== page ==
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Cycfi    14

Hello Everyone,

If you've been following the in this forum, it's very much alive and kicking. I avoided posting marketing related ads as proper etiquette dictates so recent activities may seem sparse in that thread. On the contrary, the project has matured and we've begun limited production last April.

Anyway, as mentioned in the hex-thread, "the goal is to have hexaphonic sustain drivers as well. That, and with extensive processing for each string, will give us musicians full control over the dynamics of the guitar. I know hexaphonic sustain has been done in the past with the Moog guitar, but that was a very expensive gear. I want something more affordable. And I want a system that can be adapted to just about any guitar. This IMO is the holy grail and I know this is very difficult to do right, but every journey starts with the first step."

So... we have a New Project! We have a very early prototype of the Infinity Polyphonic Sustain System. Here's the link to the short demo:

http://www.cycfi.com/2014/05/to-infinity-and-beyond/

Again, I would very much love to hear your thoughts and gather ideas while the project evolves!

Like before, this will be an Open Source Hardware project, all the designs (schematics, PCB layout, software, bill of materials, CAD drawings and source code) will be freely shared, 100% free.

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Cycfi    14

I look forward to it also! The video makes it sounds very natural most of the time.

In that short demo, the MCU controls are bypassed. The MCU should be able to control the harmonics of the driver to make it as natural or as synthetic as you want depending on how much injected harmonics you allow to feed into the strings. I'd love to feed it other sounds as well, like say, bow noises :-)

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Prostheta    1,255

There's scope for a lot of things when the system is open and able to be tinkered with. For example, a pressure-sensitive ribbon controller might be interesting to include in there somewhere. Pressure controlling the level of feedback and the X axis a filter or blend from one harmonic profile being fed into the strings to another....this could get insane.....

Given that this is not a monolithic project you have all the opportunity in the world to patch in different things happening between the pickups and the eventual drive signals.

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Cycfi    14

There's scope for a lot of things when the system is open and able to be tinkered with. For example, a pressure-sensitive ribbon controller might be interesting to include in there somewhere. Pressure controlling the level of feedback and the X axis a filter or blend from one harmonic profile being fed into the strings to another....this could get insane.....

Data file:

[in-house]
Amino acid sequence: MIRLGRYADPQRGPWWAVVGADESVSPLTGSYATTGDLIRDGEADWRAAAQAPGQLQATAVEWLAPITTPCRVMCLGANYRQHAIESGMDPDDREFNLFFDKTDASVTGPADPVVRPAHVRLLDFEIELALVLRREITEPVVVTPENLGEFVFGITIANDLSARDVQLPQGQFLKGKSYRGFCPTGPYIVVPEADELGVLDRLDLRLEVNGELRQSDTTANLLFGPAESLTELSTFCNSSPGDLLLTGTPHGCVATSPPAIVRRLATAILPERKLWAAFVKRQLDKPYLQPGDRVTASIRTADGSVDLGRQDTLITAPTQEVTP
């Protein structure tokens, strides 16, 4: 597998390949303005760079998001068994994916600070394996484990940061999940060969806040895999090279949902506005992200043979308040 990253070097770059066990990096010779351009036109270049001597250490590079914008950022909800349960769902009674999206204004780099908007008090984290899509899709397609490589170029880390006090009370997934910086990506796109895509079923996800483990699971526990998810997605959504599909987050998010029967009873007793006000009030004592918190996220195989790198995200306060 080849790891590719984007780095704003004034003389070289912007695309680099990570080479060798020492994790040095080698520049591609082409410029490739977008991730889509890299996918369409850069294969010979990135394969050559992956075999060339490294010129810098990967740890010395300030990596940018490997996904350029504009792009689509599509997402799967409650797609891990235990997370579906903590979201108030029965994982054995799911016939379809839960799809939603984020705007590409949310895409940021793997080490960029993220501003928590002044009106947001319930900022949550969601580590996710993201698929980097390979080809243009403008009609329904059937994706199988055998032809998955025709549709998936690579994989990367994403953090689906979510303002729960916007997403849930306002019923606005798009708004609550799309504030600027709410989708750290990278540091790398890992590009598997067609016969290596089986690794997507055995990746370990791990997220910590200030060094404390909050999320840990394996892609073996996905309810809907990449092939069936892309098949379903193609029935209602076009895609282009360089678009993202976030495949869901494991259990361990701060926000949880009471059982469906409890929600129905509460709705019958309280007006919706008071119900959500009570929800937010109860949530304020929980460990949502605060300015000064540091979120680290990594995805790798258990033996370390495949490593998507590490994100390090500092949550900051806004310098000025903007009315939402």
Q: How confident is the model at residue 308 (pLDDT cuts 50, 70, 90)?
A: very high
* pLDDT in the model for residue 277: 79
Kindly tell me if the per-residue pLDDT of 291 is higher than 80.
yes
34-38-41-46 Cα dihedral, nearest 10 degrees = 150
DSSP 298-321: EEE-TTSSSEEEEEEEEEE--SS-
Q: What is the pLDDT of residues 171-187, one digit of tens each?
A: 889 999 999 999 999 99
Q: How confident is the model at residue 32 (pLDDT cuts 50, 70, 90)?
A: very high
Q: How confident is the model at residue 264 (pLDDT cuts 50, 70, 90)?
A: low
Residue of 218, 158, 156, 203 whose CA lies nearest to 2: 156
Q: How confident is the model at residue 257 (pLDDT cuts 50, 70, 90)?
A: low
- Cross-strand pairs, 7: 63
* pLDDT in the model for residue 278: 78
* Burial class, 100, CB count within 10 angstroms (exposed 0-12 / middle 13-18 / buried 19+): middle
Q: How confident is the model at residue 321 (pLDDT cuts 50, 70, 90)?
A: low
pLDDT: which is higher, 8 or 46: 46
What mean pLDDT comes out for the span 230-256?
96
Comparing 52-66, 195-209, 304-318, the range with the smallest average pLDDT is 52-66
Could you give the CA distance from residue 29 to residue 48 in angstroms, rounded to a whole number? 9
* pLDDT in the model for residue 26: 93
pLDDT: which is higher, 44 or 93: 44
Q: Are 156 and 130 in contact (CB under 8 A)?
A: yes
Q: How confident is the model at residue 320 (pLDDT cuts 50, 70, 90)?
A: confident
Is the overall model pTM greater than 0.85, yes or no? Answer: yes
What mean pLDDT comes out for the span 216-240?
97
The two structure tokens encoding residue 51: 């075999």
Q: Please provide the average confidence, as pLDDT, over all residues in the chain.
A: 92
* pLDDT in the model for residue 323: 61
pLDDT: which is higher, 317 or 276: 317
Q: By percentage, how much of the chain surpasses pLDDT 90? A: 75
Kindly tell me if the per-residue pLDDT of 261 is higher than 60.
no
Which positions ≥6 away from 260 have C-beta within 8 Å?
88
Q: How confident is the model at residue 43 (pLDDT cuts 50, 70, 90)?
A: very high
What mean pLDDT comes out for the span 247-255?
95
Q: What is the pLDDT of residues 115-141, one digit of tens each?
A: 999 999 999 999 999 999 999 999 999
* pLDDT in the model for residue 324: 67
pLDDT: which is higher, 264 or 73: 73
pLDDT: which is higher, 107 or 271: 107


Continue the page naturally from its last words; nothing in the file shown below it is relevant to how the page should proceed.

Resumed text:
Given that this is not a monolithic project you have all the opportunity in the world to patch in different things happening between the pickups and the eventual drive signals.

Exactly! That's similar to what was just discussed in the comments section in that link. Yes, that's why I want it open. I'm extremely stoked about this. I'm more excited than ever before!

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curtisa    466

In that short demo, the MCU controls are bypassed. The MCU should be able to control the harmonics of the driver to make it as natural or as synthetic as you want depending on how much injected harmonics you allow to feed into the strings. I'd love to feed it other sounds as well, like say, bow noises :-)

It's certainly a great start. Very interested to see where this heads.

Does the system rely on your hexaphonic pickup or can any pickup be used alongside your "driver"?

I notice that there's still a little bit of superimposed overdiven signal in the sound (eg, 0:52 - 0:58 in your video). This was something that seemed to be completely unavoidable in the old DIY sustainer that a lot of us here at Project Guitar built years ago. There were many theories behind the cause of this at the time - proximity of the driver to the pickup, driver amp being overdriven, driver being overdriven, low-tech of driver circuitry, induction/coupling of driver signal back into sensing pickup etc - but no real fixes. Is one of the areas of your project to tackle this "interference" in the sustained signal and make it operate as cleanly as possible? The hour or so I spent playing a Moog guitar at a store about a year ago seemed to imply it was possible to do completely clean sustain.